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GRF ends contract with Active Wellness, shifts management to in-house

 

Wednesday, February 14 (1:00 p.m.): The Fitness Center is bringing management back inhouse after the GRF terminated its contract with Active Wellness last week.

Active Wellness had worked in Rossmoor since 2017, first as a consultant during the Fitness Center’s major renovation and later as manager of its programs and member services.

Over the past year, GRF has slowly transitioned certain outsourced positions back to GRF from Active Wellness, including the fitness and front desk leads. Fitness Center Manager Kristine Drinovsky also recently resigned, with her last day on Feb. 5, leaving the remaining Active Wellness positions vacant.

Although not without challenges, the timing seemed right to take back full control of the Fitness Center operations, General Manager Jeff Matheson said.

“Active Wellness was the right company at the right time to help Rossmoor open and transform the fitness program,” Matheson said. “Now is the time to bring the operation back in-house and build upon the programs and services we now have.”

A difference in philosophy is part of the reason for the change, said Community Services Director Ann Mottola, who noted that Rossmoor’s Fitness Center is unlike most traditional gyms. Through the monthly coupon, residents pay for classes, assessments and orientations that they receive for no additional fee. Residents also can pay extra for some classes and personal training sessions.

In analyzing programs and services, Mottola noticed an emphasis on those revenue-generating extras. “Active Wellness is an exceptional company that has a really impressive track record of tilting up for profit-based fitness facilities with good systems, good practices, and the right technology to manage schedules and trainers,” Mottola said. “There has been a little bit of focus still on profit here, when we’re not a profit model.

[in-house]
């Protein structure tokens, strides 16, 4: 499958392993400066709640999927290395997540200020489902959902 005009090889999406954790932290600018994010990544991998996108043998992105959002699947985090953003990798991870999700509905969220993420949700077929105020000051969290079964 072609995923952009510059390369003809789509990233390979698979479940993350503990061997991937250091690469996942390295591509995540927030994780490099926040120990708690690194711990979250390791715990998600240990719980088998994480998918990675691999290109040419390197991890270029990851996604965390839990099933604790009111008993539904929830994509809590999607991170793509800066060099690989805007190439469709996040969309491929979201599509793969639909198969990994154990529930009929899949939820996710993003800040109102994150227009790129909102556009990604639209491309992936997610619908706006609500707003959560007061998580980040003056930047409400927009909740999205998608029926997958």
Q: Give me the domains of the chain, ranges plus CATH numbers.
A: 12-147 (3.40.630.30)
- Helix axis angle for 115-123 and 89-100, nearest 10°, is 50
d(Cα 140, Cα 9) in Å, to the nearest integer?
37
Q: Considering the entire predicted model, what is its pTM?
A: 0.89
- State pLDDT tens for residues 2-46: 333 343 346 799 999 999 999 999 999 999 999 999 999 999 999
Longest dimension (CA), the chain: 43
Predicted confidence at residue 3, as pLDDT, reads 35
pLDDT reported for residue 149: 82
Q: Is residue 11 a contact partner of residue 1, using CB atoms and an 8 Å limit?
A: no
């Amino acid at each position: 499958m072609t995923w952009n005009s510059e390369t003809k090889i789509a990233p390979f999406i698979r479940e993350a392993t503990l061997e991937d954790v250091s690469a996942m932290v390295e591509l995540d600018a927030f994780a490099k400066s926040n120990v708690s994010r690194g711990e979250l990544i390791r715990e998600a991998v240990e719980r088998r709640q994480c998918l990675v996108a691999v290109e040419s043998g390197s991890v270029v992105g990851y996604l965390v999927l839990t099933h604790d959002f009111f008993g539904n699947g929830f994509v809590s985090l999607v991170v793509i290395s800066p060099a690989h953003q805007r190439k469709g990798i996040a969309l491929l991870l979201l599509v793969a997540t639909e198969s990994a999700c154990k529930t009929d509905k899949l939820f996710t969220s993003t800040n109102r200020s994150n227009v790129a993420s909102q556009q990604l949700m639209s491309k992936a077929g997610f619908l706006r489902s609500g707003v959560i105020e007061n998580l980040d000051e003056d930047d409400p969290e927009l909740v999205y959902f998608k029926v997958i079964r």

“What we had to shift this year was focusing on making sure we were delivering those free services, because they’re not really free – the residents are paying for them in their coupon.”

Matheson praised Active Wellness for helping the Fitness Center staff adopt industry standards, develop new programs, and access resources such as the MindBody software that it uses. But there was still a downside.

“One constant challenge has been the turnover,” he said. “There have been four managers in less than six years, along with turnover in the fitness lead position. This has created challenges for staff and the community.”

Shifting the positions to GRF is cost neutral, Mottola said. “Rather than paying a contractor, those same funds will be used to pay for these positions.”

The change also allows for much-needed restructuring that aligns with the GRF’s trajectory of fostering collaboration between the Fitness Center and Aquatics Department. That effort started last year when the GRF Board combined its Aquatics and Fitness advisory committees into a single committee.

With Aquatics already under GRF’s umbrella, GRF can now hire a manager to oversee both that department and the Fitness Center. The fitness lead position will then become fitness supervisor, in charge of day-to-day operations of the team and programs, Mottola said, adding that the head lifeguard position will be able to focus on scheduling lifeguards and running the pools.

Those two positions would report to the fitness and aquatics manager. “Fitness has a lot of synergy with the aquatics operations,” Mottola said. “We can gain some efficiencies in how we operate both departments and bring in a manager who can really focus on resident issues. … It’s an opportunity to provide balance and improve the delivery of our services.”

Mottola has begun recruiting for the new manager position and praised the “seasoned fitness staff” for continuing to oversee operations, while she handles resident issues.

She and Matheson said they recognize that the transition will be difficult for the shortstaffed Fitness Center, which is down two trainers and looking to hire for the supervisor position. One new trainer is set to start at the end of the month.

“This certainly has had and will continue to have an impact on service delivery,” Matheson said. “We greatly appreciate the patience of members while we complete the transition and hiring process. We also appreciate the dedication of the staff that is working very hard to meet the demands of the operation and keep everything running.”

Mottola added that she hopes to survey all residents in the fall, after the new hires acclimate, service levels return to normal, and residents have a chance to see the changes fully implemented.

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